Sennheiser Ambeo 3D Soundbar Hands-on: The most impressive prototype you might see all year

Key Features

  • Genuinely immersive 3D audio
  • Dolby Atmos and MPEG H compatible
  • Pronounced bass response

Sennheiser Ambeo 3D Soundbar hands-on

Sennheiser’s Ambeo 3D soundbar could be the most immersive one-box TV audio system we’ve ever seen. The company demonstrated an acoustic prototype at CES 2018, and we were blown away by its ability to create a fully immersive soundstage, without the need for a subwoofer or separate rear speakers.

We’ve heard immersive soundbars before, of course. Samsung, LG and Sony all have models compatible with Dolby Atmos – but what we have here is a rather different beast.

Sennheiser has been refining its Ambeo audio technology for a number of years, but until recently it’s been restricted to commercial projects rather than consumer devices. Visitors to the Pink Floyd exhibition, ‘Their Mortal Remains’, would have heard a 360-degree remix of ‘Comfortably Numb’ at the show. That live track was painstakingly mixed into Ambeo 3D at Abbey Road for 25 gig-worthy loudspeakers.

Sennheiser’s native Ambeo 3D technology is rather different from Dolby Atmos. It can support three levels of height, and in a mixing environment allows unprecedented image placement.

What this soundbar does is take other codecs and audio formats, and delivers them in an Ambeo 3D wrapper.

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Sennheiser Ambeo 3D soundbar

Sennheiser Ambeo 3D – Design

This debut Ambeo soundbar uses 13 drivers: six 101mm woofers, five tweeters and two up-firing height cones. Since this was a prototype, there was no grille or fancy finish. The soundbar has seemingly been ripped direct from Sennheiser’s R&D lab. Clearly, the engineers behind the project wanted to have as many people hear it as soon as possible, without waiting for any cosmetic dressings.

Given that the cabinetry doesn’t exist yet, there’s no final news on connectivity. However, there will be HDMI 2.0 onboard and most likely other soundbar regulars such as optical digital audio, Bluetooth and Wi-Fi/Ethernet networking. Whether it will support Google Assistant or Amazon Alexa is yet unknown.

The soundbar was demonstrated by Sennheiser in a small, square listening room; the choice of content carefully chosen. The room itself was key, since the Ambeo soundbar uses sonic reflections to construct its soundstage. In this way, it’s similar to Yamaha’s YSP technology.

The distance of walls and ceiling are critical to the performance of Ambeo 3D. Consequently, the system will ship with a room-calibration microphone and onboard software. The mic needs to be placed at the listening position, much as you’d do when setting up an AV receiver. Then, using measured room characteristics, the soundbar optimises its output for the listening position and space.

Sennheiser Ambeo 3D soundbar

Sennheiser Ambeo 3D – Performance

The first Ambeo 3D audio playback system was launched three years ago; it required 10 speakers and a bank loan. This soundbar is a good deal more user-friendly. Sennheiser believes it’s close to replicating that original performance with this one-box solution  – and the company may well be right.

The soundstage has genuine heft, with a pronounced but not overly processed bass response. There was no wireless subwoofer attached, and I was told there was no need for one. Indeed, Sennheiser says this is the first soundbar able to reach down to 30Hz. When the bar finally comes to mark there will be a provision to add a sub, if that’s what you really want. (At least, that’s the plan.)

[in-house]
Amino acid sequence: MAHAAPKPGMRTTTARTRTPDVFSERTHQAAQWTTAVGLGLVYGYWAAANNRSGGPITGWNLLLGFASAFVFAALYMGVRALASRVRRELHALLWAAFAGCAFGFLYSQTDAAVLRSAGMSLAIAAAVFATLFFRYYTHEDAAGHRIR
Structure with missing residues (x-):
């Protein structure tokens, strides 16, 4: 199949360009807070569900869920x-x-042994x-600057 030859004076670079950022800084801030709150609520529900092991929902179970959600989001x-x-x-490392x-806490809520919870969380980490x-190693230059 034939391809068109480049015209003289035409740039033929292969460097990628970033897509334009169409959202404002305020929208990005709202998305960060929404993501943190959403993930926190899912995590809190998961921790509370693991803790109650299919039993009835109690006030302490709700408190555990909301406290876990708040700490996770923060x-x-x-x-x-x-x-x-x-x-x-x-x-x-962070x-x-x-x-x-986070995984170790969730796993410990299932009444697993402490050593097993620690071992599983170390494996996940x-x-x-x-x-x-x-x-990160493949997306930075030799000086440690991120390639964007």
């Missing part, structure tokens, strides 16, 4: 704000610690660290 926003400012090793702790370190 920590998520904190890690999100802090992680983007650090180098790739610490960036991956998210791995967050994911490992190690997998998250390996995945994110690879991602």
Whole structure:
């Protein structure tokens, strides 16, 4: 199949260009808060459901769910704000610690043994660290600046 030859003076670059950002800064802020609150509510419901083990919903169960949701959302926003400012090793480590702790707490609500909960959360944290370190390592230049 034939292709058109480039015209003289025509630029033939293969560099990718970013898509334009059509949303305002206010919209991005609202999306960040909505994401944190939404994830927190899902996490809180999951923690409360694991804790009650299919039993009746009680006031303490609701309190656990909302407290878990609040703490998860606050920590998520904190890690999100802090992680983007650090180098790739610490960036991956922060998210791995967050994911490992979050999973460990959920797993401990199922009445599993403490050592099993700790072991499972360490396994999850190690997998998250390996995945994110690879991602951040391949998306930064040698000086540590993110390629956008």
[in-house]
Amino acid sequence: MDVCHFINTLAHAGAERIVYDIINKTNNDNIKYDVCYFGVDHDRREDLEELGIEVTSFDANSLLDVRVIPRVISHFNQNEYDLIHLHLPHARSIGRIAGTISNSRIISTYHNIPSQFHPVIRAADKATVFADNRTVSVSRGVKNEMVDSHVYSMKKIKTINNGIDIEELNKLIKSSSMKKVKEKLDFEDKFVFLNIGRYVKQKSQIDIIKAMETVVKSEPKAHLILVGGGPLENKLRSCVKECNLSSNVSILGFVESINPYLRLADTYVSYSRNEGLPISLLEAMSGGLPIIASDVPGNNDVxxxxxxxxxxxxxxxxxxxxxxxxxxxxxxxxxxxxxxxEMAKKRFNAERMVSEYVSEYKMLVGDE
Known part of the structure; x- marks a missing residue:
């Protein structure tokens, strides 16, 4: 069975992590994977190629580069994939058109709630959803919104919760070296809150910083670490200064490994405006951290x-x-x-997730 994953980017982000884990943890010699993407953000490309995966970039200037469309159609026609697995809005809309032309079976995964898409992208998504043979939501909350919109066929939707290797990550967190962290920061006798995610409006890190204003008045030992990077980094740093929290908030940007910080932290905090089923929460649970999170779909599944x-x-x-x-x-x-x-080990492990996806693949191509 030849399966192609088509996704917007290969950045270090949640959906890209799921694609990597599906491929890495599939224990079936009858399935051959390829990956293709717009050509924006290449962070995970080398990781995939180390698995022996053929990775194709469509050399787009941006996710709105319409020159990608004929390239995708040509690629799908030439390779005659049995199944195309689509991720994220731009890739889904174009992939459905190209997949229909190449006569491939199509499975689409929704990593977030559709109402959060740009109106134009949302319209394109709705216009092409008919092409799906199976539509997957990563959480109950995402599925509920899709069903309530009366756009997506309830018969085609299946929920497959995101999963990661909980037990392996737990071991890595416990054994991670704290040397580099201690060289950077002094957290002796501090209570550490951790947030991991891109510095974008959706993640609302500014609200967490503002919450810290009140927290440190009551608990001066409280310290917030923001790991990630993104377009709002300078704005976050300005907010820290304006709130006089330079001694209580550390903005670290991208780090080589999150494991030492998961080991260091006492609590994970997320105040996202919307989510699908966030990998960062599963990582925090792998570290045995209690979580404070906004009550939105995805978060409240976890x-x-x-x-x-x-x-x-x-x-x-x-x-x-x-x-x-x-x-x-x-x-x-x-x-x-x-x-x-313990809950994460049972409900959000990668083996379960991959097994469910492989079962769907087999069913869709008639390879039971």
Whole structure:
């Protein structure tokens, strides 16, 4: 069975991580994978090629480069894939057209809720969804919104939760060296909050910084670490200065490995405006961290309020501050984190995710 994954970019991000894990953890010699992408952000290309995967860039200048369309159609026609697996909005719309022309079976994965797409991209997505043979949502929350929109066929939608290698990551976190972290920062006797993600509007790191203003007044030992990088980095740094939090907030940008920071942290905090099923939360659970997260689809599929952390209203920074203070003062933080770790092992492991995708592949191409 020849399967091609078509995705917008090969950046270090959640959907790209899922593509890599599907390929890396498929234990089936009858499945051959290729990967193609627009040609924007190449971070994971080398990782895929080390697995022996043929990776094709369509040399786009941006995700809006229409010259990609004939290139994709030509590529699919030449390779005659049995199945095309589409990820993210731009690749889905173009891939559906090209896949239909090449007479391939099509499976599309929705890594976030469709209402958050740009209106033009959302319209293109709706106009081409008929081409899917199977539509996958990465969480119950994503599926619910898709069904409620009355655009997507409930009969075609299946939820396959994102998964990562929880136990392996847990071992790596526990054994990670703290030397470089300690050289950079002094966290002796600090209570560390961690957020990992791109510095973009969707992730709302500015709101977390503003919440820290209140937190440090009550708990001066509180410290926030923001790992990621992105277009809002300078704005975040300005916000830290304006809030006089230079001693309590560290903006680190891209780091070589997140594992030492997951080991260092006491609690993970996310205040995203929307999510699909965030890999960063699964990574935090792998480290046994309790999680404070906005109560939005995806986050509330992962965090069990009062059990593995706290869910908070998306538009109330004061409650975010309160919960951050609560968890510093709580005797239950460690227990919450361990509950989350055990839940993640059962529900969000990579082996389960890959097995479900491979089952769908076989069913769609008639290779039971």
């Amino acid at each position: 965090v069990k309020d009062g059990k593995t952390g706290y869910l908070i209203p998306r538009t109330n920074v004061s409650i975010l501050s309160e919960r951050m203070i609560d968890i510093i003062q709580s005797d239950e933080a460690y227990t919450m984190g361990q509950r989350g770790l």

The sense of overhead audio imaging is pronounced. I was sitting square on and could clearly isolate audio effects, both across the front soundstage and (seemingly) high to my rear and above my head. Sennheiser says it creates a virtual 5.1.4 soundstage, the first time a solitary soundbar has made such a claim.

Sennheiser Ambeo 3D soundbar

In addition to Dolby Atmos, the soundbar is compatible with emerging immersive audio codec MPEG H. No, we’ve not heard of it either, but one day you might want it. More familiar 5.1 and stereo formats can be height-scaled by the Ambeo 3D processor. Essentially, whatever your source, you’ll get an Ambeo 3D listening experience.

For my CES demo, Sennheiser played music from a live performance by Imogen Heap, and ran familiar Dolby Atmos trailer material. This was handy, since it provided a good sense of reference. Having auditioned a number of Dolby Atmos-centric soundbars that don’t really create an immersive soundstage, it was quite a revelation to be so enveloped. I really felt as if rear speakers were at work here.

If you’re on the look out for a one-box audio solution that can recreate the magic of immersive audio, then Sennheiser might well have the soundbar you’ve been waiting for. Of course, this is a preview based on the first acoustic prototype, but there’s still enough here to get genuinely excited about. I don’t know about price, but take a look at the high-end of Dolby Atmos soundbars and… it probably won’t be cheap. Availability has yet to be announced, although a 2018 launch is on the cards.

Related: Best soundbars and soundbases

First impressions

Ambeo 3D could be one of the most exciting soundbar technologies to hit the market. It genuinely creates a sense of immersion, a classic attribute of Dolby Atmos, from a single box.

We can’t say if the soundbar is inherently musical, or has the requisite visceral slam that makes for a great movie-viewing experience; it’s just too early to make those kind of pronouncements. But Sennheiser has a solid reputation when it comes to audio quality, so there’s every reason to remain optimistic. Stay tuned for further developments.

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